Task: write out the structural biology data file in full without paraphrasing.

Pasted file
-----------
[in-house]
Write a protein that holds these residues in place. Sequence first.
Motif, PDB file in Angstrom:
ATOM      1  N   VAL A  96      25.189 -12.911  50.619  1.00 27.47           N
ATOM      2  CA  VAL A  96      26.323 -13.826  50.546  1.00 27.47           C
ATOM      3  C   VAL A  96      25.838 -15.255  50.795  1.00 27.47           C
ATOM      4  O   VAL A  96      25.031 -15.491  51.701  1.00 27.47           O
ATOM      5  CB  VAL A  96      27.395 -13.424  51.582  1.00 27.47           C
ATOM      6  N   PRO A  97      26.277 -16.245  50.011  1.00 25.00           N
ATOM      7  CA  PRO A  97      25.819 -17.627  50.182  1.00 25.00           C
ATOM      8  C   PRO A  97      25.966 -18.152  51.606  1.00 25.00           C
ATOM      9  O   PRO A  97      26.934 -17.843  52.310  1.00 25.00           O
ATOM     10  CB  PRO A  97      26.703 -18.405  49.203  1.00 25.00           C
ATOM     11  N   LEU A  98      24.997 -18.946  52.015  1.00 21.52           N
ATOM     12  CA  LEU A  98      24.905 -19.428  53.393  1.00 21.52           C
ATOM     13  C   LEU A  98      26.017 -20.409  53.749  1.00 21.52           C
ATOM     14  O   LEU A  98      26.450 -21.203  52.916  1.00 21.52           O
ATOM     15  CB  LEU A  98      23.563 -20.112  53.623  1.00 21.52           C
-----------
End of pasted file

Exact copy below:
[in-house]
Write a protein that holds these residues in place. Sequence first.
Motif, PDB file in Angstrom:
ATOM      1  N   VAL A  96      25.189 -12.911  50.619  1.00 27.47           N
ATOM      2  CA  VAL A  96      26.323 -13.826  50.546  1.00 27.47           C
ATOM      3  C   VAL A  96      25.838 -15.255  50.795  1.00 27.47           C
ATOM      4  O   VAL A  96      25.031 -15.491  51.701  1.00 27.47           O
ATOM      5  CB  VAL A  96      27.395 -13.424  51.582  1.00 27.47           C
ATOM      6  N   PRO A  97      26.277 -16.245  50.011  1.00 25.00           N
ATOM      7  CA  PRO A  97      25.819 -17.627  50.182  1.00 25.00           C
ATOM      8  C   PRO A  97      25.966 -18.152  51.606  1.00 25.00           C
ATOM      9  O   PRO A  97      26.934 -17.843  52.310  1.00 25.00           O
ATOM     10  CB  PRO A  97      26.703 -18.405  49.203  1.00 25.00           C
ATOM     11  N   LEU A  98      24.997 -18.946  52.015  1.00 21.52           N
ATOM     12  CA  LEU A  98      24.905 -19.428  53.393  1.00 21.52           C
ATOM     13  C   LEU A  98      26.017 -20.409  53.749  1.00 21.52           C
ATOM     14  O   LEU A  98      26.450 -21.203  52.916  1.00 21.52           O
ATOM     15  CB  LEU A  98      23.563 -20.112  53.623  1.00 21.52           C